Living in fear is not, however, what Christ has for His children. He promises peace, rather than fear. Fear is the domain of the Evil One; peace is the domain of the child of God.

Fear-mongering is an insidious sin when promulgated by children of the Prince of Peace. We who have been promised all comfort should not be in the business of troubling others with half-truths. We who have been given peace should not create unnecessary turmoil. We who have been given assurance should not traffic in doubt.

Don’t fear those who kill the body but are not able to kill the soul; rather, fear Him who is able to destroy both soul and body in hell. Matthew 10:28, HCSB

Marty Duren

Just a guy writing some things.

One Pingback/Trackback

  • CJ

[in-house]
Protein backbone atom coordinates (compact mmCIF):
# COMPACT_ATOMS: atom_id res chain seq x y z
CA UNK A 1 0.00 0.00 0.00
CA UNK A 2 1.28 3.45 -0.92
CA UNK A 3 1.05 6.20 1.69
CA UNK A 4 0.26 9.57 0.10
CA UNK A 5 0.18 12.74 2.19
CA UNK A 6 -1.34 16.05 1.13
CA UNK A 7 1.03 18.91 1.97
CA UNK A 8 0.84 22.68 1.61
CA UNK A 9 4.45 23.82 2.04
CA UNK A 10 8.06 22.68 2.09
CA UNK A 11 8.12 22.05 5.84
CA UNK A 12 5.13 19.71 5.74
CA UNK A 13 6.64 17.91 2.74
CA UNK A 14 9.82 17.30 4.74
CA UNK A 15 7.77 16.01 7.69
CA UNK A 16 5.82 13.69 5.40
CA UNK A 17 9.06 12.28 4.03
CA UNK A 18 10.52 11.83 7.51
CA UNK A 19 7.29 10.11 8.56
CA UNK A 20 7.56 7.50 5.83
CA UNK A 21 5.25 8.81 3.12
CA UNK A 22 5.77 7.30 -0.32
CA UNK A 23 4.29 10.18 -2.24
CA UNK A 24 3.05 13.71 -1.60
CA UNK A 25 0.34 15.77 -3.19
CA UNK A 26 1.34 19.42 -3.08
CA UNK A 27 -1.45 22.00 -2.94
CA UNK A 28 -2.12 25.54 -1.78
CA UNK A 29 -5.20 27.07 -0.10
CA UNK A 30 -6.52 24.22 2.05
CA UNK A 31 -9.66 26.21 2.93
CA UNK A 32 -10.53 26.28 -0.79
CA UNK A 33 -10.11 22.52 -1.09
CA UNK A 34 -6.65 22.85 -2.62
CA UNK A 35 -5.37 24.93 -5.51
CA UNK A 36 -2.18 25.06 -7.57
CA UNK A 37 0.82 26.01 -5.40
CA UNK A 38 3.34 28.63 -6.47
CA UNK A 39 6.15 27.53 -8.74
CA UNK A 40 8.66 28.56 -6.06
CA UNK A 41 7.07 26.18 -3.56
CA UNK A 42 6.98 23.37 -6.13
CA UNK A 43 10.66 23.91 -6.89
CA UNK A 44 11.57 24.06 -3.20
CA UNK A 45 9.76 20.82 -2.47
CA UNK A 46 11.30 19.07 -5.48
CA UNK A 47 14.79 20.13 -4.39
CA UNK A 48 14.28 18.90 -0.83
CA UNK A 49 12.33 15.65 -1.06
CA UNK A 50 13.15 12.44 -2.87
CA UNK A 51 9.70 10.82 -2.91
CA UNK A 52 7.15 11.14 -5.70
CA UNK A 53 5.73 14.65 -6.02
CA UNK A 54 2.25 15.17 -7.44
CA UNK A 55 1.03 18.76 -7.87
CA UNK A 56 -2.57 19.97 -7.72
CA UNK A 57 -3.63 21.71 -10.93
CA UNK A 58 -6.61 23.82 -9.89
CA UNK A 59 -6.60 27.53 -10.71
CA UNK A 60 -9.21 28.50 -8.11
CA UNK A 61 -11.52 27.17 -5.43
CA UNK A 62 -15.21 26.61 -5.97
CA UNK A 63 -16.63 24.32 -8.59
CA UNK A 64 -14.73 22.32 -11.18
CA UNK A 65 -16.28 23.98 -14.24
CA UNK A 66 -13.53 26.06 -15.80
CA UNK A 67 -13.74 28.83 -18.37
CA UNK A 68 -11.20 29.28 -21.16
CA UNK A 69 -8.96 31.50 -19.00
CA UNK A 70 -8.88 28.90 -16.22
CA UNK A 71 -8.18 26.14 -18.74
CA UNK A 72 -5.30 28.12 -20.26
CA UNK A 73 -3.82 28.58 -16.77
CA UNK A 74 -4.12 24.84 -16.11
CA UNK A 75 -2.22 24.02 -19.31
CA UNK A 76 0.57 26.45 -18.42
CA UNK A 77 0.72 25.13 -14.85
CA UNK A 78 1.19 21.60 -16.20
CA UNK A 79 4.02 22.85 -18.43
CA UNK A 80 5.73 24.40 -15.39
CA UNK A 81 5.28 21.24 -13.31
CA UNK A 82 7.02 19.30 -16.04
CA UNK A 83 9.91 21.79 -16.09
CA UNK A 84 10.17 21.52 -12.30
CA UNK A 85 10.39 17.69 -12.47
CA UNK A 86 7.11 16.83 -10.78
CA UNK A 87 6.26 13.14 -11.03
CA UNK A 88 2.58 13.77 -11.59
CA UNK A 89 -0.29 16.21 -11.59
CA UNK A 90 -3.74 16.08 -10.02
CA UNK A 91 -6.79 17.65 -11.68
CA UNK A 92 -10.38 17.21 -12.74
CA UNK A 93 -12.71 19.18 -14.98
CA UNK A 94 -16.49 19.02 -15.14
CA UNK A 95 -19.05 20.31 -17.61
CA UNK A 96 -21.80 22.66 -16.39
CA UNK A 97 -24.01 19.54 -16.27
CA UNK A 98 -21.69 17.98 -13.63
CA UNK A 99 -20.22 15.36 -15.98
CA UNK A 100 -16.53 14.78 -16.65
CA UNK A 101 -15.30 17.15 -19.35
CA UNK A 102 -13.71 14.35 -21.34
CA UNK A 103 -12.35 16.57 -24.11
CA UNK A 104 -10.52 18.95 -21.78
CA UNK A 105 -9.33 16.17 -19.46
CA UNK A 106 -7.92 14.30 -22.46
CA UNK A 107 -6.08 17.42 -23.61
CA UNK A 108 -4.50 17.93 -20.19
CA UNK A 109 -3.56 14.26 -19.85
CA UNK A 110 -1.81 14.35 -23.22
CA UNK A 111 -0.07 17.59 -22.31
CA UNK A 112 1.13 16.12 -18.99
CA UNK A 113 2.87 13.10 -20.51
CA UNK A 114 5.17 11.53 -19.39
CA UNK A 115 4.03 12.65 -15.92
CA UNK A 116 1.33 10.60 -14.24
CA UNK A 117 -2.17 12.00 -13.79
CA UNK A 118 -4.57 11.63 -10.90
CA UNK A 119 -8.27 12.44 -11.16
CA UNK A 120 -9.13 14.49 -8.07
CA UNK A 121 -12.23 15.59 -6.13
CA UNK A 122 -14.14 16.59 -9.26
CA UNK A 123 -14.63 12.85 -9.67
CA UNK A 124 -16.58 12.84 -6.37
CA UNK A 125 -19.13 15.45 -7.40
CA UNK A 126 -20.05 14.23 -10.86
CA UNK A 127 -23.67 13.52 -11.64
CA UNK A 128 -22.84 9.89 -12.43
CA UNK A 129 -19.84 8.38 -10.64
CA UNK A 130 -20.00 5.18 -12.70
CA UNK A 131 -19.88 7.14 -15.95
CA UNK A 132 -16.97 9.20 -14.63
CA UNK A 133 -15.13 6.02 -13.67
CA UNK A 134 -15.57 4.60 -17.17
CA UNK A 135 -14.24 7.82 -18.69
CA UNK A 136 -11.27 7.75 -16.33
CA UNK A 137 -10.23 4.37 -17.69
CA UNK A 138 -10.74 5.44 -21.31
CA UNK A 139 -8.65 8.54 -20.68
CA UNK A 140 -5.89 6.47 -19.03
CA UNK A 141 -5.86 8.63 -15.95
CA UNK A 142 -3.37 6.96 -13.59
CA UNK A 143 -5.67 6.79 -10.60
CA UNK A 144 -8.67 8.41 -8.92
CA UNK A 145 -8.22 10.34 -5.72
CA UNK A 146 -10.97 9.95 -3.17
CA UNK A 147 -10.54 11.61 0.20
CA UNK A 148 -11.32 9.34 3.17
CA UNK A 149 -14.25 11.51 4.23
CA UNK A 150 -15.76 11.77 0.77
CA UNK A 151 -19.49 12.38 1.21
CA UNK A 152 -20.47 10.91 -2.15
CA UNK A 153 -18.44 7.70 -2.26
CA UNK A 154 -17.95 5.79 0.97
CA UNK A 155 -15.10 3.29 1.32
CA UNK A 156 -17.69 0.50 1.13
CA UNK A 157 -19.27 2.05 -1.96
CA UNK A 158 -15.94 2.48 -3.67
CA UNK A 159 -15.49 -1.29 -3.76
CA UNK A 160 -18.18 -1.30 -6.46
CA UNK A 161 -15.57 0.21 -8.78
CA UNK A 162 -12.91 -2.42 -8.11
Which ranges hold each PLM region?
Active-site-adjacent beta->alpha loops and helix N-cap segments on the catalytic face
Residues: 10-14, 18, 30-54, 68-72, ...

You’re right. The media baits us, gives us just enough to make us sit up and take notice. But from there it is up to us to research. When I was younger one of the most valuable lessons my daddy taught me was about church. I’d listen to the preacher and come away terrified after a Hell Fire and Brimestone sermon, I just knew I could never live up to Gods expectations of me and I was doomed to Hell. He taught me when the sermon focused on one piece of scripture or one verse I was to go back to the beginning of the chapter read forward then way past to get the real meaning of that one verse because one verse can be turned inside and out. He told me to find a church were the preacher kept the scripture his sermon is based on in context. That’s what I always loved about your sermons Marty you never took scripture and turned it into a fear based message. I’ve tried to apply this lesson in other parts of my life such as what the media feeds the masses in the form of little tid bits just to whip up a frenzy and sale advertising space. When I read a story I go further to research for myself all I can get on the matter and in most cases the truth is far less dramatic than the headlines. In the case of the shared headline that I feel inspired this blog other than what is available in the form of pictures of the dead and dying from a virus that is unrelenting and up to 90% deadly there is nothing comforting or less dramatic on this subject. I will never understand the reasoning in bringing Ebola patients here, never. It makes no sense to me at all. No man is perfect, no cautions are perfect, no procedures are perfect but that’s just my opinion which I’m entitled to just as you are to yours. You have always inspired me in your matter-a-fact confidence and your faith in God. I am thankful that the Duren family and the Burk/Price families crossed paths in this life, y’all have and will continue to be a blessing to us.